Inspector General: Self-disclosure key to healthcare compliance

Self-disclosure and self-correction will serve as key features of healthcare compliance programs as the industry navigates significant delivery reform in the coming years, Inspector General Daniel Levinson said during his keynote address at the 2016 Health Care Compliance Association's Compliance Institute.

Levinson's address, which was delivered last month but released by the Office of Inspector General (OIG) on Tuesday, emphasized the benefits of self-reporting within a healthcare compliance program, particularly as it relates to the OIG's new exclusion guidelines. Although healthcare systems will not receive "bonus points" simply for having a compliance program, enforcement officials will take note of efforts to self-correct, and allow institutions the leeway to fix compliance concerns on their own without further imposition from regulators.

Similarly, when it comes to corporate integrity agreements, Levinson said the OIG wants to put more onus on healthcare institutions so enforcement officials can "step back knowing the institution should be able to solve the issue it has identified effectively and competently," and then appropriately tailor follow-up audits to ensure continued compliance.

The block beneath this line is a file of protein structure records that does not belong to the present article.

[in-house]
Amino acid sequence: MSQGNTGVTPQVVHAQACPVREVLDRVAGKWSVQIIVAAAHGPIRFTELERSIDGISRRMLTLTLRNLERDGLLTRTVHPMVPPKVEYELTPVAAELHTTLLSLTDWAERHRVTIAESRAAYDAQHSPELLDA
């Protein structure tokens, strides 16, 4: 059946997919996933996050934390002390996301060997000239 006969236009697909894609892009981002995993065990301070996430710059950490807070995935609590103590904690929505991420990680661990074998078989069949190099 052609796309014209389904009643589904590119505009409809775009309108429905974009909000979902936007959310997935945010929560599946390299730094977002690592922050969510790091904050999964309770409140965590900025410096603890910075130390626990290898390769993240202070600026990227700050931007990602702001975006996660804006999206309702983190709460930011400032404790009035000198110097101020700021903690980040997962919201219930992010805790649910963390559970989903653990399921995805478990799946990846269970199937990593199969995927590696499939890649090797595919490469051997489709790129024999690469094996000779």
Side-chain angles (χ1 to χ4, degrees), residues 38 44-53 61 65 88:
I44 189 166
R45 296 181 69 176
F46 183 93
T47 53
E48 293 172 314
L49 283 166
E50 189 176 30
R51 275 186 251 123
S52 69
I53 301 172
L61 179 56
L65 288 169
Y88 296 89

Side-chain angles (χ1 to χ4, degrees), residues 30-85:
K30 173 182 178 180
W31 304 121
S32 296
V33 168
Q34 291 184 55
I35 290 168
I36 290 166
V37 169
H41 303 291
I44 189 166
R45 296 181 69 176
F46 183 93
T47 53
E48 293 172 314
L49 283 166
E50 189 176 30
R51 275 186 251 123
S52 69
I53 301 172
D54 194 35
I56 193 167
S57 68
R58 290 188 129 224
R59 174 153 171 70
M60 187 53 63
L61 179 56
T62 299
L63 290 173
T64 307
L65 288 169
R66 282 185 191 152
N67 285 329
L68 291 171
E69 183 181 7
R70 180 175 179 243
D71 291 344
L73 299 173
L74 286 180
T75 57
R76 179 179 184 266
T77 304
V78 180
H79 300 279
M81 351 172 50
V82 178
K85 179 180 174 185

Levinson also highlighted hospice care and prescription drug abuse as two pressing fraud concerns. Earlier this year, the OIG found Medicare spent $268 million on inappropriate hospice claims, and Part D spending on commonly abused opioids has increased 156 percent in the last nine years.

For more:
- watch the keynote address

Related Articles:
Federal officials emphasize compliance, outline shifting areas of fraud
OIG releases updated exclusion guidance
Medicare spent $268M on inappropriate hospice claims
House subcommittee grills OIG, CMS on Part D fraud and abuse

Suggested Articles

The HHS OIG is asking for an additional $23.7 million to support fraud oversight that has benefited from an emphasis on data analytics.

A New York surgeon was sentenced to 13 years in prison for fraud and more physician practice news from around the web.

A federal judge has ruled that the U.S. government’s remaining fraud case against UnitedHealth can move forward.